Announcement

Collapse
No announcement yet.

Worksets! Pros & Cons of NOT using them?

Collapse
X
 
  • Filter
  • Time
  • Show
Clear All
new posts

    Worksets! Pros & Cons of NOT using them?

    Hey guys,

    At my current firm (Multi-discipline MEP consultancy), prior to my arrival there was a strong opposition to using worksets for any sort other than obviously enabling worksharing.

    Amongst the reasons against worksets, the major ones were they seemed to have issues from the get-go relating to visibility with services being modelled on incorrect worksets by accident, as well as performance issues with larger models needing to be split up.

    They were very adamant about NOT using worksets for any visibility purposes, choosing to go down the filters and links route.

    Currently we work with external project links for each discipline: 1 file for Mech, 1 file for Plumbing, 1 File for Elec, 1 File for Fire)

    So my questions is... what would be the PROS of NOT using Worksets and CONS of NOT using Worksets? and also this same question in reverse...

    What would be the PROS FOR using Worksets and CONS FOR using Worksets? And how would one go about conveying this message effectively.

    Thanks in advance, and appreciate all the support on here.
    Last edited by sredze; August 20, 2014, 03:12 AM.

    #2
    As the BIM Manager of a multi-discipline MEP firm, we do use worksets. We also have a single MEPFP model. When used properly we can choose to unload the worksets we don't want to see and it helps with performance.

    Does your firm not enable worksharing?

    The main drawback to using worksets is user error and things will inevitably be placed on the wrong workset. There is an app for that created by dP Stuff. WorksetExplorer 2014 Revit Addin
    Jason Peckovitch
    Father | Photographer | Car/Tech Guy
    Revit MEP 2015 Certified Professional
    That BIM Guy Blog | Google+

    Comment


      #3
      Worksets for visibility is terrible, in my opinion. Every workset is visible in every view, in all of our files. No debate about it. Filters all the way.
      Aaron "selfish AND petulant" Maller |P A R A L L A X T E A M | Practice Technology Implementation
      @Web | @Twitter | @LinkedIn | @Email

      Comment


        #4
        Originally posted by Twiceroadsfool View Post
        Worksets for visibility is terrible, in my opinion. Every workset is visible in every view, in all of our files. No debate about it. Filters all the way.
        The only time I use worksets for visibility is for turning off worksets in links to things that we shouldn't be seeing. In 2015, I globally turn off Gridlines if the architect/structural placed them on separate worksets.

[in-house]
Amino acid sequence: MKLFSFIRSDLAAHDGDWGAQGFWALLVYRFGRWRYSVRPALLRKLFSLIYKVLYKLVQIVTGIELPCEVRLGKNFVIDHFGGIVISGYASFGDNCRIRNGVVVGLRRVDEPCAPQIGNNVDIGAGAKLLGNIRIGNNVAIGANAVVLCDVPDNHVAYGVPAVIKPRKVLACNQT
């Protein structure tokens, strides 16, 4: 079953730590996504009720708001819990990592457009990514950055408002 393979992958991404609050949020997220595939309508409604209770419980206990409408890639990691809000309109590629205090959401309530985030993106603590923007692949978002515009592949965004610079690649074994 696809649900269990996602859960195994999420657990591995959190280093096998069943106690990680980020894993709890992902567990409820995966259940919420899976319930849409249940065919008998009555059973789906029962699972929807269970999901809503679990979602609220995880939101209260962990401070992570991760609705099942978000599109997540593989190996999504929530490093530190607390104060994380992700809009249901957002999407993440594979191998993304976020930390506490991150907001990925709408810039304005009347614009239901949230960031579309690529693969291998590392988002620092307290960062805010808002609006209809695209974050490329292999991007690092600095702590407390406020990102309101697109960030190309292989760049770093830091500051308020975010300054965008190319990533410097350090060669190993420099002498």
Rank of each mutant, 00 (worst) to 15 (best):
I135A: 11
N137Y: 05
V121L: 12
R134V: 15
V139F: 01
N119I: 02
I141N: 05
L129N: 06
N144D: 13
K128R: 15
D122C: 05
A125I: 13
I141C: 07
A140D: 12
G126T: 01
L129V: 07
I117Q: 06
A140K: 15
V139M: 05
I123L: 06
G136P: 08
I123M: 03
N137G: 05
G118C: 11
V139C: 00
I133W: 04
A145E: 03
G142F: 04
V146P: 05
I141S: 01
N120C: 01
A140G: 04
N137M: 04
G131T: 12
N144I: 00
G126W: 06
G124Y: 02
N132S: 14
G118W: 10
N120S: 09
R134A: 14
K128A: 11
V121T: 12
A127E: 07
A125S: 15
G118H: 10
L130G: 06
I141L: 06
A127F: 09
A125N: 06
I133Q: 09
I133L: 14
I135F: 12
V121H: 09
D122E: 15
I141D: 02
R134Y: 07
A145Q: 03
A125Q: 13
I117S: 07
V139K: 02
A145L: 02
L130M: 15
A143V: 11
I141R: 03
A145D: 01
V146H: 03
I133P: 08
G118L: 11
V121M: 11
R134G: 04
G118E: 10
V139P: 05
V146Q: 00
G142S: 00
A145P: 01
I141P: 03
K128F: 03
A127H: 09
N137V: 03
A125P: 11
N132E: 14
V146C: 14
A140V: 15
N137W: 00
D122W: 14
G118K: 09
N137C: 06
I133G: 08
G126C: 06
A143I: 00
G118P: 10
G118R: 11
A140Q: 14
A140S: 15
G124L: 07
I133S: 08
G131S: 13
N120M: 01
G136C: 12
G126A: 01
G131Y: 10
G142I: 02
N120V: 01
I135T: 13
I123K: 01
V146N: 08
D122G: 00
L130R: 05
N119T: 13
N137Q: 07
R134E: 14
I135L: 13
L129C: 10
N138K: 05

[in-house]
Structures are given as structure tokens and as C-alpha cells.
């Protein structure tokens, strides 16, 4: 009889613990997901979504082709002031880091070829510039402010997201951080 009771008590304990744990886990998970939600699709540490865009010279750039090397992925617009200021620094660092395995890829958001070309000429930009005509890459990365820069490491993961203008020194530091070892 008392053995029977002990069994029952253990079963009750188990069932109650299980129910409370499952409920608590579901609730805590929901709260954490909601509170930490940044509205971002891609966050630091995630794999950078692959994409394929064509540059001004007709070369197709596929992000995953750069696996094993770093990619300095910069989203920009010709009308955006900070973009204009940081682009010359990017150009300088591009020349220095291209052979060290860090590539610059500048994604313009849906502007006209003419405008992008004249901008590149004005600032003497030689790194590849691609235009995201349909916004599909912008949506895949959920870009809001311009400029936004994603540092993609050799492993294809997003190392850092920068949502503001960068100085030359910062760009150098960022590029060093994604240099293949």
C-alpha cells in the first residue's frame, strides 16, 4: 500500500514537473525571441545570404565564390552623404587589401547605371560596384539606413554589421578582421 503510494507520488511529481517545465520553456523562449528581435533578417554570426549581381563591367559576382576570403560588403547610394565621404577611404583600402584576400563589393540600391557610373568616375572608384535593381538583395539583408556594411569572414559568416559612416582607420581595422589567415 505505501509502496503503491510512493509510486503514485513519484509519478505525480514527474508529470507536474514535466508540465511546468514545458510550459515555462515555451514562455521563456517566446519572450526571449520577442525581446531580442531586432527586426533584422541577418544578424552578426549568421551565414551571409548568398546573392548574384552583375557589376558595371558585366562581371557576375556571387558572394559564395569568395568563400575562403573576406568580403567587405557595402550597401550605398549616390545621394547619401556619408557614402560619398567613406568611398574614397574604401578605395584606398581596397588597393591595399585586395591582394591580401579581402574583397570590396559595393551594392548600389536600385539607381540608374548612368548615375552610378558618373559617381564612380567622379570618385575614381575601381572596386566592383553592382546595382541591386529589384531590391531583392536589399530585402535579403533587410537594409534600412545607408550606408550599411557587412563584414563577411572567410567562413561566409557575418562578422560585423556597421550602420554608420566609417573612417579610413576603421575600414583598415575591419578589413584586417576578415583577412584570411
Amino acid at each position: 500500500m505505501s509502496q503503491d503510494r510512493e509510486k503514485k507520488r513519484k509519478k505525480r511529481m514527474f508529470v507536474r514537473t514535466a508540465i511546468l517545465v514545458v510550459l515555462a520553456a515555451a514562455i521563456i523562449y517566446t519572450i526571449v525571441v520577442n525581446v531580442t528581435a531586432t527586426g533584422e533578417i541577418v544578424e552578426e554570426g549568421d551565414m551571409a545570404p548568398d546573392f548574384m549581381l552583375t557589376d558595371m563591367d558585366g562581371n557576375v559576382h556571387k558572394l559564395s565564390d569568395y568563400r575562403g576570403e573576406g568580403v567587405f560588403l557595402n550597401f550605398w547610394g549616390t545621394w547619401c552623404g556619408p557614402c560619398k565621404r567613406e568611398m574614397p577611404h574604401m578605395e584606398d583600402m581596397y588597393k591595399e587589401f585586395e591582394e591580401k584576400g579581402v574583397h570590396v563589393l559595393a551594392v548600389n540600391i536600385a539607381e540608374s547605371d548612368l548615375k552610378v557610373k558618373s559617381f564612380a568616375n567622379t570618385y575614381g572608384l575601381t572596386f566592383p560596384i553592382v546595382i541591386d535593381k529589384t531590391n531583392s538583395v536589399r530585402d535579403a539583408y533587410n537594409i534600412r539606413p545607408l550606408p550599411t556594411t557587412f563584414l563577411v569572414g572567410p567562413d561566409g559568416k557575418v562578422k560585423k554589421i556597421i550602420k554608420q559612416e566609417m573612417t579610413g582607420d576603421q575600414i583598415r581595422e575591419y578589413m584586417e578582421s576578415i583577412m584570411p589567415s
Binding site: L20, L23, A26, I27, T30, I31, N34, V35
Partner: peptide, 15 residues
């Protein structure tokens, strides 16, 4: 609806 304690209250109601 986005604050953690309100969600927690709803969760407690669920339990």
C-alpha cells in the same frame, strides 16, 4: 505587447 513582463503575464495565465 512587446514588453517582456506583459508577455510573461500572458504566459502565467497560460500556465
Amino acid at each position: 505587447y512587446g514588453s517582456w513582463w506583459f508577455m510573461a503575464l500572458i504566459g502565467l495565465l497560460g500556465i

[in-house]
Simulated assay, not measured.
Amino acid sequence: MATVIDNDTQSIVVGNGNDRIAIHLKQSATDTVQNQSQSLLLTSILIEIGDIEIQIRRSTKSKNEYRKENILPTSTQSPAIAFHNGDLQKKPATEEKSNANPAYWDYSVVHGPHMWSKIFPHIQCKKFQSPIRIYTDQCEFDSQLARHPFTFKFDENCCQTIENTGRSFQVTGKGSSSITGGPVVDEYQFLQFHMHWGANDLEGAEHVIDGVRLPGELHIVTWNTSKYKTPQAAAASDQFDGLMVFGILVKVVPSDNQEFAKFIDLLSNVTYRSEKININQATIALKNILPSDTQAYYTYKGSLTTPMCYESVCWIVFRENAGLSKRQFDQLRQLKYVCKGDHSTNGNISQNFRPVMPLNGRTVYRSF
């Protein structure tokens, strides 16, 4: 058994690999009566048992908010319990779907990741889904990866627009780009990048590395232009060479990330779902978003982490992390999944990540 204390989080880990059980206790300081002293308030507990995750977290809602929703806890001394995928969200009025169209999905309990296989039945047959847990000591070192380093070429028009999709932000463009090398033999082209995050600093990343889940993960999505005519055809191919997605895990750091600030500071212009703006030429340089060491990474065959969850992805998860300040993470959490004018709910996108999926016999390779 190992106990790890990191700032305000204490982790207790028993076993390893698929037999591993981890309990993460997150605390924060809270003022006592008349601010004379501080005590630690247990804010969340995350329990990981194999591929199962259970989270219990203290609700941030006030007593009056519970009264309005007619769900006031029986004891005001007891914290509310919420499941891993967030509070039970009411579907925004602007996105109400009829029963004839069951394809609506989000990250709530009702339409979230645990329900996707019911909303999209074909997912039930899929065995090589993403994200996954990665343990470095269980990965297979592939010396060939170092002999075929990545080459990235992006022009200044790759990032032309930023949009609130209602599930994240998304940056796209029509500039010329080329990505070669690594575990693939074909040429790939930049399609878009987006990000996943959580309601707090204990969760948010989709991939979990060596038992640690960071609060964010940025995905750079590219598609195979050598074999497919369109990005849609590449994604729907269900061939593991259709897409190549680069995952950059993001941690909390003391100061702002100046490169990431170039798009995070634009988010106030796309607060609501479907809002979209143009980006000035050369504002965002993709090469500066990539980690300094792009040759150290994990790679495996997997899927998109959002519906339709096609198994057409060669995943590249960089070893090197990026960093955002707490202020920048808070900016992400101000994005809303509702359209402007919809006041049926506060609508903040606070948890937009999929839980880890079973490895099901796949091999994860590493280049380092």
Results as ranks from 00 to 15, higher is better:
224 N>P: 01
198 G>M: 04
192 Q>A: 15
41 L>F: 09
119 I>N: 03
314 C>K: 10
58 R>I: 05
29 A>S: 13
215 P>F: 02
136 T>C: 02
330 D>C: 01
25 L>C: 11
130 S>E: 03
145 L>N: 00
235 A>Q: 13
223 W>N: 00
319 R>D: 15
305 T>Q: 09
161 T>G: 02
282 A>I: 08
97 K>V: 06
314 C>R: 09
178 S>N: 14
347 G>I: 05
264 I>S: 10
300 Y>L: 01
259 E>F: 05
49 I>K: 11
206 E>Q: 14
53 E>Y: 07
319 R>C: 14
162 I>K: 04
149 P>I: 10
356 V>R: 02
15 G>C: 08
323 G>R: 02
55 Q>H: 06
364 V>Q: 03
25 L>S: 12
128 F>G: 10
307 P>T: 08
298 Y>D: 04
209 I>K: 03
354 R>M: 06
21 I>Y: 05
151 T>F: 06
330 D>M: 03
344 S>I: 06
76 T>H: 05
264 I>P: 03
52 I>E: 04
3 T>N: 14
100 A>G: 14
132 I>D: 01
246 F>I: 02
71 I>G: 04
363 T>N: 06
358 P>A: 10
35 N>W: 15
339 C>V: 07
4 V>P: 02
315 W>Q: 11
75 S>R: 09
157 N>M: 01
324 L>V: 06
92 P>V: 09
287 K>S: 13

Jason Peckovitch
        Father | Photographer | Car/Tech Guy
        Revit MEP 2015 Certified Professional
        That BIM Guy Blog | Google+

        Comment


          #5
          Biggest limitation, we can't assign an element to more than one workset, next is relying on users to make sure things are assigned to the correct workset.

          Any number of filters can be used to alter/affect an element based on different criteria for different reasons in different views. Filters are VASTLY superior to worksets when it comes to visibility control. Since Filters are based on criteria that can be more easily regulated or predictable, via a good template, they can also be much more reliable than worksets.

          Fwiw, worksets were never really intended to be used for visibility, it was collateral effect/benefit that we can manipulate what we see in a view based on a workset assignment. They've always been meant to allow for multi-user concurrent collaboration and provide some help to improve project performance.

          Prior to Filters being added to Revit, Worksets were used quite often for visibility despite our being limited to just one workset assignment for an element.

          Comment


            #6
            We dont use worksets for any modelled stuff (MEP) because no one, myself included, has the discipline to always work in the correct workset.
            Just yesterday I had to remove a large amount of crap from the "Shared Levels and Grids" workset on a huge project...
            I think a good Add-in to make would be one that asks you to select a workset every time you open a model, or selects a default one if you dont want the extra click.

            What I do use them for is anything that you may not want to load on opening a model;
            -Linked models.
            If you just want to make quick changes to some info in the model this saves opening time. Or if you just made a copy from a remote server and you want to open it without it trying to download all the linked models. Also useful when upgrading old projects, prevents temporary upgrading of all the links too.
            -Rooms/Spaces.
            If you are making changes to the room bounding parts of the model this needs to be closed as well, otherwise all the areas, volumes, boundaries etc get recalculated which can take ages. Better to reopen this when the room bounding is correct and do it once.
            -Scope Boxes.
            Im afraid this is one workset that I do set to invisible.. Scope boxes are very annoying when they are visible in all your 3D views, sections etc. There is only one view in the project where scope boxes can be seen and changed and they are globally invisible everywhere else. Personally I would be very happy if architects did the same, because I often have to go into the custom settings of a link to turn them off.